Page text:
‘If we’re successful, you can say: I have a vaccination certificate on my phone that I got when I was vaccinated in one country, with a whole range of my own health management practices … that I used got on a plane to a completely different country and then I offered a vaccination certificate in the new country so I could go to the concert that takes place indoors, and attendance was limited to those who showed that they had the vaccine has, “says Brian Behlendorf, executive director of Linux Foundation.
“It should be interoperable in the same way that email is interoperable, in the same way that the internet is interoperable, “he said. At the moment we are in a situation where there are moving parts that bring us closer to it, but I think there is a sincere commitment from everyone in the industry. ‘
The majority of the world population that still does not use smartphones or have access is to secure the bulk of the vaccine passports. A few companies in the Covid-19 Credentials Initiative are also developing a smart card that strikes a middle ground between traditional paper vaccination certificates and an online version that is easier to store and reproduce.
‘For us it is [about] how the digital credentials can be stored, not only via smartphones but also in other ways for people who do not have access to stable internet and also do not have smartphones, “said co-leader Lucy Yang of the Covid-19 Credentials Initiative. “We’re researching it, and there are companies doing a lot of promising work.
Once they set up a vaccine passport, they need to make sure that people are comfortable using it. This means that you face the concern of handling private medical information.
CommonPass, IBM and the Linux Foundation have highlighted privacy as the most important in their initiatives. IBM says it enables users to control and allow the use of their health data and enables them to choose the level of detail they want to provide to authorities.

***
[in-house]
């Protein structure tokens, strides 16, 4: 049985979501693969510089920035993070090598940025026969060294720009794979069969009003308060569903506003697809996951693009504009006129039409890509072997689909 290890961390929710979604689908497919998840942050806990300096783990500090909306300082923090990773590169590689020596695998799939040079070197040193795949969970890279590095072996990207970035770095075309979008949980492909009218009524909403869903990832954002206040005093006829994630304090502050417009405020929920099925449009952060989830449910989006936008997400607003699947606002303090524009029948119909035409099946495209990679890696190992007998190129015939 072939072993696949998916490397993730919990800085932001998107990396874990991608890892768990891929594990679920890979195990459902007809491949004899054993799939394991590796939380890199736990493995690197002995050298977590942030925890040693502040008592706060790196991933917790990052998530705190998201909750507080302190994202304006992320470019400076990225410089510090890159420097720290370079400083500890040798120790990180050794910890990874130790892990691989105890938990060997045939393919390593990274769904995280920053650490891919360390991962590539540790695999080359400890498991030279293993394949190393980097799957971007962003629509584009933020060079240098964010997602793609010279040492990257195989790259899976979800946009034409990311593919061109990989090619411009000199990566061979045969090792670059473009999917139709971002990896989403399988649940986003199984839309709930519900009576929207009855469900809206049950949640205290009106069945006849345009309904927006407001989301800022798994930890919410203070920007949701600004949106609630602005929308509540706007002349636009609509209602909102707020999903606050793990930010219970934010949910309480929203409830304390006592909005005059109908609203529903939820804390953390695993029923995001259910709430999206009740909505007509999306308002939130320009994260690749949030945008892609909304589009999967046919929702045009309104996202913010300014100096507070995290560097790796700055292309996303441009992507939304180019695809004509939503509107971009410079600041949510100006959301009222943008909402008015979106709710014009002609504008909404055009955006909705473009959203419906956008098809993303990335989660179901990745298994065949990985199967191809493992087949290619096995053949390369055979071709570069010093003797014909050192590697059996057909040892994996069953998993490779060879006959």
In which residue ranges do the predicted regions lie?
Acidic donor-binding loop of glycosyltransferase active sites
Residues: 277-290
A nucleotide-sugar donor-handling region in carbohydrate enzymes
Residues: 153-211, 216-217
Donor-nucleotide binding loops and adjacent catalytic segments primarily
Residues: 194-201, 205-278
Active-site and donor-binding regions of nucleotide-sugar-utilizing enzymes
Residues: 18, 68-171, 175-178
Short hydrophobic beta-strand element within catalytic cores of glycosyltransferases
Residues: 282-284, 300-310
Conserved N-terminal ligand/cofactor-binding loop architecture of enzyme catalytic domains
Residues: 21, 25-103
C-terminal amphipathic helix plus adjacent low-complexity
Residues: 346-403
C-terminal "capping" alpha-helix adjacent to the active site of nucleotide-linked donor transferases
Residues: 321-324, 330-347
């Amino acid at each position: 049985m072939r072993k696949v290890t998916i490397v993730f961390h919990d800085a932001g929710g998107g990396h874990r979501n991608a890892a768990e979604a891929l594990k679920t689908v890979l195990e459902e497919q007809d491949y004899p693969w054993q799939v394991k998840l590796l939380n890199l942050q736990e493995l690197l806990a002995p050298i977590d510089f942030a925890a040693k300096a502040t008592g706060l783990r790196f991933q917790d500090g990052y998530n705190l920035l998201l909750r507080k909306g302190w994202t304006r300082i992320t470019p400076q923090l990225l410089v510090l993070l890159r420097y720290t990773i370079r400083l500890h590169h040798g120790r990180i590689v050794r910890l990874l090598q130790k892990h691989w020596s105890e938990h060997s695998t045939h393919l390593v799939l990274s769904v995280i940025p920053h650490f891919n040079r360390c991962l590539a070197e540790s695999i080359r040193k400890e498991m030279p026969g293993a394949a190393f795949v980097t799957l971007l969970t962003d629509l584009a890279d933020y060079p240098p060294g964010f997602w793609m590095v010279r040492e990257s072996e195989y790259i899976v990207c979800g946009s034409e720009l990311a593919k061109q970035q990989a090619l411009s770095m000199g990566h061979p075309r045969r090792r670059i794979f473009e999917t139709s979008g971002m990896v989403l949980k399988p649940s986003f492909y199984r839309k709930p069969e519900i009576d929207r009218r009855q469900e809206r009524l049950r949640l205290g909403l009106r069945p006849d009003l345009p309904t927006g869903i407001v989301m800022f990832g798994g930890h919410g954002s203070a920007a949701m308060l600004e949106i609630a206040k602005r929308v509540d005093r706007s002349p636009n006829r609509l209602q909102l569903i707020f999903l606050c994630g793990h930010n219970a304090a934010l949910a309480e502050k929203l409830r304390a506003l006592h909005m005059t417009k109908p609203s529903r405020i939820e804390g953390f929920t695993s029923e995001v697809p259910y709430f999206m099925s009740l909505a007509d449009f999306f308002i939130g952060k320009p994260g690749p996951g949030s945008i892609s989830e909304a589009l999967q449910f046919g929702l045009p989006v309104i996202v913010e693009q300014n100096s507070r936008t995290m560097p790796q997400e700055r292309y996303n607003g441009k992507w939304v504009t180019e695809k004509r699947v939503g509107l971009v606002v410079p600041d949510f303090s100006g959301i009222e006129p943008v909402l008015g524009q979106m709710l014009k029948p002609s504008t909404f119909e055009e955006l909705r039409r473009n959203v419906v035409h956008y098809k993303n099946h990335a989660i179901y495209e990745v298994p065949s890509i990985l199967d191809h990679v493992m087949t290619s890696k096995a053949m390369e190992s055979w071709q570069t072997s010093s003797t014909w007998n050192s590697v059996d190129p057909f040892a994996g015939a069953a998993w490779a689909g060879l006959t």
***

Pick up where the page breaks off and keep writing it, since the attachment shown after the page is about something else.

“Trust and transparency remain paramount in developing a platform such as a digital health passport, or any solution that handles sensitive personal information,” the company said in a blog post. “Prioritizing privacy is a top priority for managing and analyzing data following these complex times.”
With vaccines being manufactured by different companies in different countries in different stages of development, there are many variables that passport makers need to take into account.
“An entry point – whether it’s a border, whether it’s a place – would want to know, did you get the Pfizer vaccine, did you get the Russian vaccine, did you get the Chinese vaccine, so they ‘ a decision can be made? accordingly, “Crampton said. The variance can be large: the vaccine developed by Chinese pharmaceutical giant Sinopharm, for example, has an efficacy of 86% against Covid-19, while the vaccines developed by Pfizer and Modern are manufactured, each having an efficiency of about 95%.
It is also unclear how effective the vaccines are in stopping the transmission of the virus, says Dr. Julie Parsonnet, a specialist in infectious diseases at Stanford University. While a vaccination passport app will show you the chance, it may not be a guarantee that you will attend an event safely or on the run.
“We still do not know if vaccinated people can transmit infection or not,” she told CNN Business. “Until that is clear, we will not know if ‘passports’ will be effective.”
However, Behlendorf still anticipates that the roll-out and acceptance of vaccine passports will take place fairly quickly once everything falls into place and expects a variety of programs that can work together within the first half of 2021 to be ‘widely available’.
“Rest assured, the nerds are on it,” he said.